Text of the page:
OUT OF CASH. It's a far cry from George Bush's painstaking efforts in late 1990 to build an international consensus before unleashing Desert Storm in January, 1991. Now, if Saddam gets really nasty or if Iran decides to send troops into southern Iraq, mounting a collective response may be all but impossible. This is especially so considering that the gulf states, which bankrolled Desert Storm to the tune of $70 billion, are today virtually without cash reserves and running big budget deficits. Facing heat from homegrown Islamic militants, gulf rulers such as Saudi Arabia's ailing King Fahd and Bahrain's Sheikh Isa are increasingly discomfited when painted as American puppets. Everywhere in the Middle East, "the rulers of pro-American governments are weaker than in 1991 and have tenuous and eroding legitimacy," says Ahmed Hashim, a fellow at the Center for Strategic & International Studies in Washington.

The economic dangers of the confrontation with Saddam are no less great. Oil companies around the world had been relying on Iraqi crude for their fourth-quarter refinery runs, when demand traditionally spikes up. And thanks to leaner operating methods, the oil industry has been cutting back stocks to record low levels. "The disappearance of 700,000 barrels a day in a market with no cushion of inventories is very important," says Larry Goldstein of New York's Petroleum Industry Research Foundation. "It's going to be a very difficult winter for consumers."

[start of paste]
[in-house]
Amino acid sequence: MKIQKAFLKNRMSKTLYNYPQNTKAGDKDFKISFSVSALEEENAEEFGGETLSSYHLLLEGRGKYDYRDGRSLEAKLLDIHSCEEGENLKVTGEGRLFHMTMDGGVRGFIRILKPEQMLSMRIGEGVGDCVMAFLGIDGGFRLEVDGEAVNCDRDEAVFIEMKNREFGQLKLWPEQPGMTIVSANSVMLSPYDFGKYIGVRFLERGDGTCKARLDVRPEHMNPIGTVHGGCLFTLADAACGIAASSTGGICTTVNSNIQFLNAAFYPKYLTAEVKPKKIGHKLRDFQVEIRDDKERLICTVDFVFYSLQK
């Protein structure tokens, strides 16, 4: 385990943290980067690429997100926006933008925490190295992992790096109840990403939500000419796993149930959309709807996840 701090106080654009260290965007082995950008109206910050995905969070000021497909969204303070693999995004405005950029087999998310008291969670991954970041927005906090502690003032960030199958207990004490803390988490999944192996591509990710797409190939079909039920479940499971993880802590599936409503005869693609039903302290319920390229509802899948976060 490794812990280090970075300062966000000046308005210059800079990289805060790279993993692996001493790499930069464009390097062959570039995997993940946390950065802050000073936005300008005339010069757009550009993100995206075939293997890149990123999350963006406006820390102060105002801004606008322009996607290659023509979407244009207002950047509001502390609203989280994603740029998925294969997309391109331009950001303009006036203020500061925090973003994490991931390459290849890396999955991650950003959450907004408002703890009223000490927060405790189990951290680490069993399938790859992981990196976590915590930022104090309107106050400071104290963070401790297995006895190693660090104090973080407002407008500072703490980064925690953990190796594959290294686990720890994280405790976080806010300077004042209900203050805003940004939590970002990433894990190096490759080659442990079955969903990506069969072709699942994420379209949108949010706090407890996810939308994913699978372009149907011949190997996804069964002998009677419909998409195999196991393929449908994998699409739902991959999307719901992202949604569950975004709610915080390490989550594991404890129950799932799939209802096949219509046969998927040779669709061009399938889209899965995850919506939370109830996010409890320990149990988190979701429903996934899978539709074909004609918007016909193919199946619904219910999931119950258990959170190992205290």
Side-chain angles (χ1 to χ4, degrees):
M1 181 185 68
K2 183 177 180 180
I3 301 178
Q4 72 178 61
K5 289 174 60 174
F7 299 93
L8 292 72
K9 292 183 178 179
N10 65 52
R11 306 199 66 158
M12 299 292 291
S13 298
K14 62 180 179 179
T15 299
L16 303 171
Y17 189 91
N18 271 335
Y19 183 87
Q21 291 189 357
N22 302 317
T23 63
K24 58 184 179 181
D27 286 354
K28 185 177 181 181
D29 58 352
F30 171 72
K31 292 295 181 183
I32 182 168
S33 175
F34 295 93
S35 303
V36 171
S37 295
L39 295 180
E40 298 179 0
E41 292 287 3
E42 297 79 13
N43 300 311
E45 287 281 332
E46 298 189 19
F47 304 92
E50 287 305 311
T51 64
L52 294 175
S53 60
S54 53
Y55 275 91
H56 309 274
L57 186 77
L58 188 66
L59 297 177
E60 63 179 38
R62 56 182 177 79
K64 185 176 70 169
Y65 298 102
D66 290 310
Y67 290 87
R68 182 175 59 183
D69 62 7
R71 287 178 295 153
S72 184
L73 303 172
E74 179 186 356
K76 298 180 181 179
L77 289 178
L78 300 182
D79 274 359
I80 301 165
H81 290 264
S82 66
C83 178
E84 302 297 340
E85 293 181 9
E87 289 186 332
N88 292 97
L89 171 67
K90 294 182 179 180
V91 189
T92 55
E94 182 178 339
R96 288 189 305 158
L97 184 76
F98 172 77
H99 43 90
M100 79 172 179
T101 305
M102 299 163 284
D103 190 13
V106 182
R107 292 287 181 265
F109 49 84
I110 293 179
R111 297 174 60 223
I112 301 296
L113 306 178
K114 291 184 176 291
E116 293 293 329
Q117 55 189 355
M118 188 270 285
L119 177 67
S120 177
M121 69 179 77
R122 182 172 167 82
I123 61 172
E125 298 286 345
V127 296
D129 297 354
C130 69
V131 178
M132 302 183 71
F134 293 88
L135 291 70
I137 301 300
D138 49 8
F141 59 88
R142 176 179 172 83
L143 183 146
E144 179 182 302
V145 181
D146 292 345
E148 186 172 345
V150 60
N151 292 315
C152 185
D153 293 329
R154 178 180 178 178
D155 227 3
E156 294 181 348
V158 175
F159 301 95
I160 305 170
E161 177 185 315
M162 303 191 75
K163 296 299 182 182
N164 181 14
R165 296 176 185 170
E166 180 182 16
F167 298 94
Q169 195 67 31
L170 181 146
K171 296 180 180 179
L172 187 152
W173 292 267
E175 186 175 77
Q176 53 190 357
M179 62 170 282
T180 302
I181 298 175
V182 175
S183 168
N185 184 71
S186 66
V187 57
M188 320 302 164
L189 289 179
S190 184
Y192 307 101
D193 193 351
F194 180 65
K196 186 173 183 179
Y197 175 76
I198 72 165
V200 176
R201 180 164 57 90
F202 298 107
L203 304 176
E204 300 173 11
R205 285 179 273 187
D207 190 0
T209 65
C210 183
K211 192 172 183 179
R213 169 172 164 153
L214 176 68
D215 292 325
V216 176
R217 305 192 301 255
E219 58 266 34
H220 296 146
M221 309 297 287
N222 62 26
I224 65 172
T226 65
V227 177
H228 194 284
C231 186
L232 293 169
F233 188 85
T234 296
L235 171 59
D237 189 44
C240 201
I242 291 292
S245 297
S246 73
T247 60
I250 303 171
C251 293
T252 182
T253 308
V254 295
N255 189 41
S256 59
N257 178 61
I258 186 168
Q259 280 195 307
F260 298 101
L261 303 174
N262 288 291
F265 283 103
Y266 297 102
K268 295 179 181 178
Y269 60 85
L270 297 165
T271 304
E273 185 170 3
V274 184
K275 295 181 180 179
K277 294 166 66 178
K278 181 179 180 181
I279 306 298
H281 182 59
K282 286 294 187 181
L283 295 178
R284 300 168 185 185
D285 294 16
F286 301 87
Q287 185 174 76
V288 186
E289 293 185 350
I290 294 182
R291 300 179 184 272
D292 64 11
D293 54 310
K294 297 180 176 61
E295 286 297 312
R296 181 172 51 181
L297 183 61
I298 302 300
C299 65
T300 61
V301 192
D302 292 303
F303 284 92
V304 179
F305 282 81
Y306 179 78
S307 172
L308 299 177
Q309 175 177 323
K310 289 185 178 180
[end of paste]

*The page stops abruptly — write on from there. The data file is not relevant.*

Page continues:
Detroit appears particularly vulnerable. Ford, General Motors, and Chrysler have clawed their way back to profitability largely through the sale of gas-guzzling minivans, sport-utility vehicles, and pickups--segments that now make up a huge 43% of the U.S. market. Worries Christopher Cedergren, a consultant in Thousand Oaks, Calif.: "If [the truck market] peters out, the Big Three will not be in a position to take advantage of any upswing in the car market."

No doubt Saddam Hussein is feeling some pain from the U.S. attacks. The 70-mile extension of the southern no-fly zone to the suburbs of Baghdad could damage him in the eyes of the Iraqi military, the only force that could eventually topple him. "When you abuse your own people or threaten your neighbors, you pay a price," Clinton said just hours after the first round of missiles had hit their targets in southern Iraq. But there is also going to be a price for the U.S. and the West in decreased Middle East stability, higher oil prices, and tensions among Western allies. It could turn out to be as costly as Desert Storm.